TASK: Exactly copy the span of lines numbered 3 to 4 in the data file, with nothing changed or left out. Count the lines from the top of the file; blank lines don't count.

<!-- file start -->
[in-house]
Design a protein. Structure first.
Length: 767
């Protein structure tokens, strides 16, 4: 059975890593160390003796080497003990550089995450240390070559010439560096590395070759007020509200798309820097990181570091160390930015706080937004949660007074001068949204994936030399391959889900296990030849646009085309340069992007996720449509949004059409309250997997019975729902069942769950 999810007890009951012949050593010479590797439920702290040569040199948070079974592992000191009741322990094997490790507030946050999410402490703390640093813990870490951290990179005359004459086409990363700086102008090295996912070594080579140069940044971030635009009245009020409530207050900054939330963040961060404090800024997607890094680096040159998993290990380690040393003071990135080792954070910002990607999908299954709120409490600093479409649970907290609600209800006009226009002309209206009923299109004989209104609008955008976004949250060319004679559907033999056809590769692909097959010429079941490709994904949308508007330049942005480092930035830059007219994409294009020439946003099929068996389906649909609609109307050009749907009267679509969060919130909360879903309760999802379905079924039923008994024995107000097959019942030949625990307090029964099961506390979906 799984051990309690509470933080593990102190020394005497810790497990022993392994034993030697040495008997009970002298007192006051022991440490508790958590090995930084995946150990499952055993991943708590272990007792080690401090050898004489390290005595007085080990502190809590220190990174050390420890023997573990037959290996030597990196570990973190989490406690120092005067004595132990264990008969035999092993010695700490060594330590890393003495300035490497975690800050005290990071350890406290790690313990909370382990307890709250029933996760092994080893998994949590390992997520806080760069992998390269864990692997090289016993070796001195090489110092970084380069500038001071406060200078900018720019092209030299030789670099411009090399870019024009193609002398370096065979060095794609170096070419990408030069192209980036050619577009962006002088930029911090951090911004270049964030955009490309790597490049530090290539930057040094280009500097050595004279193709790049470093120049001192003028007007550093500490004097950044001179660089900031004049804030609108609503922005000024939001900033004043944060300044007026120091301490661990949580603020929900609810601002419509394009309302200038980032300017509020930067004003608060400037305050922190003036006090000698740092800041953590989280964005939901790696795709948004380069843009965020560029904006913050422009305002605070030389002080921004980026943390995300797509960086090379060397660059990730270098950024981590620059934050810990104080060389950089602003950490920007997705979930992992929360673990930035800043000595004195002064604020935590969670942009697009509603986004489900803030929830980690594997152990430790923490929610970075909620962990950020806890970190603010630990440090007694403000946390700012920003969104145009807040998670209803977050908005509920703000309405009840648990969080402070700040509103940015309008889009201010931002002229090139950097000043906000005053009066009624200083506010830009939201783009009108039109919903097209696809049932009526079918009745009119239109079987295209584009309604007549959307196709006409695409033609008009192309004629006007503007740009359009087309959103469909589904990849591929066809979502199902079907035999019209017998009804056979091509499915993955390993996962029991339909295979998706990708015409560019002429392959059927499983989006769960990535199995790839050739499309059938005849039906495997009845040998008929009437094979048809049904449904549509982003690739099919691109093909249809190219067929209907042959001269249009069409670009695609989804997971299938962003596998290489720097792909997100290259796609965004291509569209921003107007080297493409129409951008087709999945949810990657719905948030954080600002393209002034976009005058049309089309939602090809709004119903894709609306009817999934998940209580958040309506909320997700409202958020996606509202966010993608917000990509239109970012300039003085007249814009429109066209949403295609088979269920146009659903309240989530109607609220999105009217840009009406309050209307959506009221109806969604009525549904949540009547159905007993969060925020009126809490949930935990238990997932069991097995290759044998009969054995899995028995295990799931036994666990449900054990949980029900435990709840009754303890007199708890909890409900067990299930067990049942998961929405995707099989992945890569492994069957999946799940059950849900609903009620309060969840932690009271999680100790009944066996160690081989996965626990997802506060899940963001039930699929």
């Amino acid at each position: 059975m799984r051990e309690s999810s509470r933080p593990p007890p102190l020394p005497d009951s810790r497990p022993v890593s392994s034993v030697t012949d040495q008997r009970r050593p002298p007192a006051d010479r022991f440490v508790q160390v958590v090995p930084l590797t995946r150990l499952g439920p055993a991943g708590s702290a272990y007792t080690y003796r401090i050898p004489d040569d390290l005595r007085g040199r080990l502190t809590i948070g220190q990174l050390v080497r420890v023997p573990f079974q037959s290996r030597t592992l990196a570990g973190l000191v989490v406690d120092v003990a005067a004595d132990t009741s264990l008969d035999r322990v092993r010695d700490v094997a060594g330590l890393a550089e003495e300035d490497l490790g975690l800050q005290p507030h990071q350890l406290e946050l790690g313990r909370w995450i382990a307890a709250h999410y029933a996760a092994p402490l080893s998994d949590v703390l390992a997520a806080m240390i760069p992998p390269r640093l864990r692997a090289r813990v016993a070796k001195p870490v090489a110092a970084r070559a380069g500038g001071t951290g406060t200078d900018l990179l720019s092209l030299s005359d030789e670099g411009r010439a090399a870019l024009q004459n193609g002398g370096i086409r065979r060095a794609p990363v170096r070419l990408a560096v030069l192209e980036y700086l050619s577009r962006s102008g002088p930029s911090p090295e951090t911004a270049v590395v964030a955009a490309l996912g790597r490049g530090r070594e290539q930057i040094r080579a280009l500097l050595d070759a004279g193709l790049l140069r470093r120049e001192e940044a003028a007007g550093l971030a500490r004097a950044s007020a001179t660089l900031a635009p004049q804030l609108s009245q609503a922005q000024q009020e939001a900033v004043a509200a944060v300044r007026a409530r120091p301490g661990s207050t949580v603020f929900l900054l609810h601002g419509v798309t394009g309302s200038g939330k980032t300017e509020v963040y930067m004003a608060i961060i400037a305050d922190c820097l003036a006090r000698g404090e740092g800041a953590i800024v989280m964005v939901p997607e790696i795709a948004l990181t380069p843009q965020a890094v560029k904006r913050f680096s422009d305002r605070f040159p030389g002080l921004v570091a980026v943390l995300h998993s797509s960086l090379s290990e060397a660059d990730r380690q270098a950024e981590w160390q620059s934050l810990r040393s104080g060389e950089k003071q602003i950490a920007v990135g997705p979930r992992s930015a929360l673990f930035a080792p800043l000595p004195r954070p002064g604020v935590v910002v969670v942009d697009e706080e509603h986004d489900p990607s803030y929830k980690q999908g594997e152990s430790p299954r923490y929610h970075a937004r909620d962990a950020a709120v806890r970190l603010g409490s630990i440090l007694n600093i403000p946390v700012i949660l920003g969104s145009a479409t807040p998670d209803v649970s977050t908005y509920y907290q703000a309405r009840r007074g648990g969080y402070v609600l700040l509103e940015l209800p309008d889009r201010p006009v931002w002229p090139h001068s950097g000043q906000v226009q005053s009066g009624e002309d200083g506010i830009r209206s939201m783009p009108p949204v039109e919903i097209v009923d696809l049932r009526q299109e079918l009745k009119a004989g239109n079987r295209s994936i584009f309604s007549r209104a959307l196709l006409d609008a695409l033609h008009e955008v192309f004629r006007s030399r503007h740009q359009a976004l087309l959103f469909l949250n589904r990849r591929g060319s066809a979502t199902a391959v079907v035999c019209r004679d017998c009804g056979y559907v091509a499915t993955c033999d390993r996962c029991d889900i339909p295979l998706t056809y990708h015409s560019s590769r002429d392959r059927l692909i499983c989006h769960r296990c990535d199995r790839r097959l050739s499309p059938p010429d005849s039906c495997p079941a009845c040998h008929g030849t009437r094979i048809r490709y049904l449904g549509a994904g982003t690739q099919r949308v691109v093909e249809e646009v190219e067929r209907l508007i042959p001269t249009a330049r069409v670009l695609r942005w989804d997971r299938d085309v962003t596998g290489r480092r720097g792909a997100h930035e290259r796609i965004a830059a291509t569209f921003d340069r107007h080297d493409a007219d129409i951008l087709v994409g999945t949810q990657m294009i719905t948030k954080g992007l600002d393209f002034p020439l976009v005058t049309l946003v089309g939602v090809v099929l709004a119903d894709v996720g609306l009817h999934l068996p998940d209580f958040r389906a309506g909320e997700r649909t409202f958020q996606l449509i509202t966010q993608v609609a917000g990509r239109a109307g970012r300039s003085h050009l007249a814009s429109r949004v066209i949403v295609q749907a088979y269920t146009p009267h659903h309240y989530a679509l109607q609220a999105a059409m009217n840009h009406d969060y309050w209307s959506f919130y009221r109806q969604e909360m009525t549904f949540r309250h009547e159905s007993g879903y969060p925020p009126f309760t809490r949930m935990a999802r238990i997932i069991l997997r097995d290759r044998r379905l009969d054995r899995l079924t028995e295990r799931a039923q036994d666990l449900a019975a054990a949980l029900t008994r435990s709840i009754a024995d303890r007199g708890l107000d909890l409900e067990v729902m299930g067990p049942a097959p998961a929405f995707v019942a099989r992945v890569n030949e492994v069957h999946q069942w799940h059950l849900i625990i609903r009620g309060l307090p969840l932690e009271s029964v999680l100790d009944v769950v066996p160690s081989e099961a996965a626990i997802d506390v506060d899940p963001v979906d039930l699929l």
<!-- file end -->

Length: 767
């Protein structure tokens, strides 16, 4: 059975890593160390003796080497003990550089995450240390070559010439560096590395070759007020509200798309820097990181570091160390930015706080937004949660007074001068949204994936030399391959889900296990030849646009085309340069992007996720449509949004059409309250997997019975729902069942769950 999810007890009951012949050593010479590797439920702290040569040199948070079974592992000191009741322990094997490790507030946050999410402490703390640093813990870490951290990179005359004459086409990363700086102008090295996912070594080579140069940044971030635009009245009020409530207050900054939330963040961060404090800024997607890094680096040159998993290990380690040393003071990135080792954070910002990607999908299954709120409490600093479409649970907290609600209800006009226009002309209206009923299109004989209104609008955008976004949250060319004679559907033999056809590769692909097959010429079941490709994904949308508007330049942005480092930035830059007219994409294009020439946003099929068996389906649909609609109307050009749907009267679509969060919130909360879903309760999802379905079924039923008994024995107000097959019942030949625990307090029964099961506390979906 799984051990309690509470933080593990102190020394005497810790497990022993392994034993030697040495008997009970002298007192006051022991440490508790958590090995930084995946150990499952055993991943708590272990007792080690401090050898004489390290005595007085080990502190809590220190990174050390420890023997573990037959290996030597990196570990973190989490406690120092005067004595132990264990008969035999092993010695700490060594330590890393003495300035490497975690800050005290990071350890406290790690313990909370382990307890709250029933996760092994080893998994949590390992997520806080760069992998390269864990692997090289016993070796001195090489110092970084380069500038001071406060200078900018720019092209030299030789670099411009090399870019024009193609002398370096065979060095794609170096070419990408030069192209980036050619577009962006002088930029911090951090911004270049964030955009490309790597490049530090290539930057040094280009500097050595004279193709790049470093120049001192003028007007550093500490004097950044001179660089900031004049804030609108609503922005000024939001900033004043944060300044007026120091301490661990949580603020929900609810601002419509394009309302200038980032300017509020930067004003608060400037305050922190003036006090000698740092800041953590989280964005939901790696795709948004380069843009965020560029904006913050422009305002605070030389002080921004980026943390995300797509960086090379060397660059990730270098950024981590620059934050810990104080060389950089602003950490920007997705979930992992929360673990930035800043000595004195002064604020935590969670942009697009509603986004489900803030929830980690594997152990430790923490929610970075909620962990950020806890970190603010630990440090007694403000946390700012920003969104145009807040998670209803977050908005509920703000309405009840648990969080402070700040509103940015309008889009201010931002002229090139950097000043906000005053009066009624200083506010830009939201783009009108039109919903097209696809049932009526079918009745009119239109079987295209584009309604007549959307196709006409695409033609008009192309004629006007503007740009359009087309959103469909589904990849591929066809979502199902079907035999019209017998009804056979091509499915993955390993996962029991339909295979998706990708015409560019002429392959059927499983989006769960990535199995790839050739499309059938005849039906495997009845040998008929009437094979048809049904449904549509982003690739099919691109093909249809190219067929209907042959001269249009069409670009695609989804997971299938962003596998290489720097792909997100290259796609965004291509569209921003107007080297493409129409951008087709999945949810990657719905948030954080600002393209002034976009005058049309089309939602090809709004119903894709609306009817999934998940209580958040309506909320997700409202958020996606509202966010993608917000990509239109970012300039003085007249814009429109066209949403295609088979269920146009659903309240989530109607609220999105009217840009009406309050209307959506009221109806969604009525549904949540009547159905007993969060925020009126809490949930935990238990997932069991097995290759044998009969054995899995028995295990799931036994666990449900054990949980029900435990709840009754303890007199708890909890409900067990299930067990049942998961929405995707099989992945890569492994069957999946799940059950849900609903009620309060969840932690009271999680100790009944066996160690081989996965626990997802506060899940963001039930699929």